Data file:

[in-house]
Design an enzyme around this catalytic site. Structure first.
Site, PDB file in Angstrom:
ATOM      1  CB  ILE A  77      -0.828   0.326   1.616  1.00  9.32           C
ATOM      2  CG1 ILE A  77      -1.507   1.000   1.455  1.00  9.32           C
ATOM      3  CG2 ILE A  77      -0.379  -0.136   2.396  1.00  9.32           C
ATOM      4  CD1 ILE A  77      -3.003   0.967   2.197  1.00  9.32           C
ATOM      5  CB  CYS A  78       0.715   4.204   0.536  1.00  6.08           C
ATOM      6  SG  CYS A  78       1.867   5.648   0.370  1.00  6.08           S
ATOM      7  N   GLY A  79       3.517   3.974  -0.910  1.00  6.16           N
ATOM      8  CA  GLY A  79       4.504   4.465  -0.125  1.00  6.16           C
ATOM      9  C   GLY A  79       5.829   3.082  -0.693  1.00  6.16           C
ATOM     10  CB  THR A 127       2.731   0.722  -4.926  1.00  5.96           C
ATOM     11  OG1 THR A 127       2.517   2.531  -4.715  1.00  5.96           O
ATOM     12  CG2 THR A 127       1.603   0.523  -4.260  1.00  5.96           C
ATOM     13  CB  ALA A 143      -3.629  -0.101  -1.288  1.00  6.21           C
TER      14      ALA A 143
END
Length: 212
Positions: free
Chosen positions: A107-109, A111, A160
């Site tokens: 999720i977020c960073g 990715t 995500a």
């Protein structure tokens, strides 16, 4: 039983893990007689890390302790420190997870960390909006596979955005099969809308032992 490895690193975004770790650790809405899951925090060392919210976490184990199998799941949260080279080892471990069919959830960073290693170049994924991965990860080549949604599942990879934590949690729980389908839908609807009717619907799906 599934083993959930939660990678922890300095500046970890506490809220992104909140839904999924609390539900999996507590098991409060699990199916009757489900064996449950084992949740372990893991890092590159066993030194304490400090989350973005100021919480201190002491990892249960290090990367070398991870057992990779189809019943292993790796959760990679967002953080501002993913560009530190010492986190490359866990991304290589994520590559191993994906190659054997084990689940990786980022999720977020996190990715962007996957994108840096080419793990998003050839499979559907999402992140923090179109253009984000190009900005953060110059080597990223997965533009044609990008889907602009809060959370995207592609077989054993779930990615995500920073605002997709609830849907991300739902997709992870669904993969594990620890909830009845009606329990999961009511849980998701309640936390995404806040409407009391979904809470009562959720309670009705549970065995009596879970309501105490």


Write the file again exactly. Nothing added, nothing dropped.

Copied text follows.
[in-house]
Design an enzyme around this catalytic site. Structure first.
Site, PDB file in Angstrom:
ATOM      1  CB  ILE A  77      -0.828   0.326   1.616  1.00  9.32           C
ATOM      2  CG1 ILE A  77      -1.507   1.000   1.455  1.00  9.32           C
ATOM      3  CG2 ILE A  77      -0.379  -0.136   2.396  1.00  9.32           C
ATOM      4  CD1 ILE A  77      -3.003   0.967   2.197  1.00  9.32           C
ATOM      5  CB  CYS A  78       0.715   4.204   0.536  1.00  6.08           C
ATOM      6  SG  CYS A  78       1.867   5.648   0.370  1.00  6.08           S
ATOM      7  N   GLY A  79       3.517   3.974  -0.910  1.00  6.16           N
ATOM      8  CA  GLY A  79       4.504   4.465  -0.125  1.00  6.16           C
ATOM      9  C   GLY A  79       5.829   3.082  -0.693  1.00  6.16           C
ATOM     10  CB  THR A 127       2.731   0.722  -4.926  1.00  5.96           C
ATOM     11  OG1 THR A 127       2.517   2.531  -4.715  1.00  5.96           O
ATOM     12  CG2 THR A 127       1.603   0.523  -4.260  1.00  5.96           C
ATOM     13  CB  ALA A 143      -3.629  -0.101  -1.288  1.00  6.21           C
TER      14      ALA A 143
END
Length: 212
Positions: free
Chosen positions: A107-109, A111, A160
């Site tokens: 999720i977020c960073g 990715t 995500a």
């Protein structure tokens, strides 16, 4: 039983893990007689890390302790420190997870960390909006596979955005099969809308032992 490895690193975004770790650790809405899951925090060392919210976490184990199998799941949260080279080892471990069919959830960073290693170049994924991965990860080549949604599942990879934590949690729980389908839908609807009717619907799906 599934083993959930939660990678922890300095500046970890506490809220992104909140839904999924609390539900999996507590098991409060699990199916009757489900064996449950084992949740372990893991890092590159066993030194304490400090989350973005100021919480201190002491990892249960290090990367070398991870057992990779189809019943292993790796959760990679967002953080501002993913560009530190010492986190490359866990991304290589994520590559191993994906190659054997084990689940990786980022999720977020996190990715962007996957994108840096080419793990998003050839499979559907999402992140923090179109253009984000190009900005953060110059080597990223997965533009044609990008889907602009809060959370995207592609077989054993779930990615995500920073605002997709609830849907991300739902997709992870669904993969594990620890909830009845009606329990999961009511849980998701309640936390995404806040409407009391979904809470009562959720309670009705549970065995009596879970309501105490």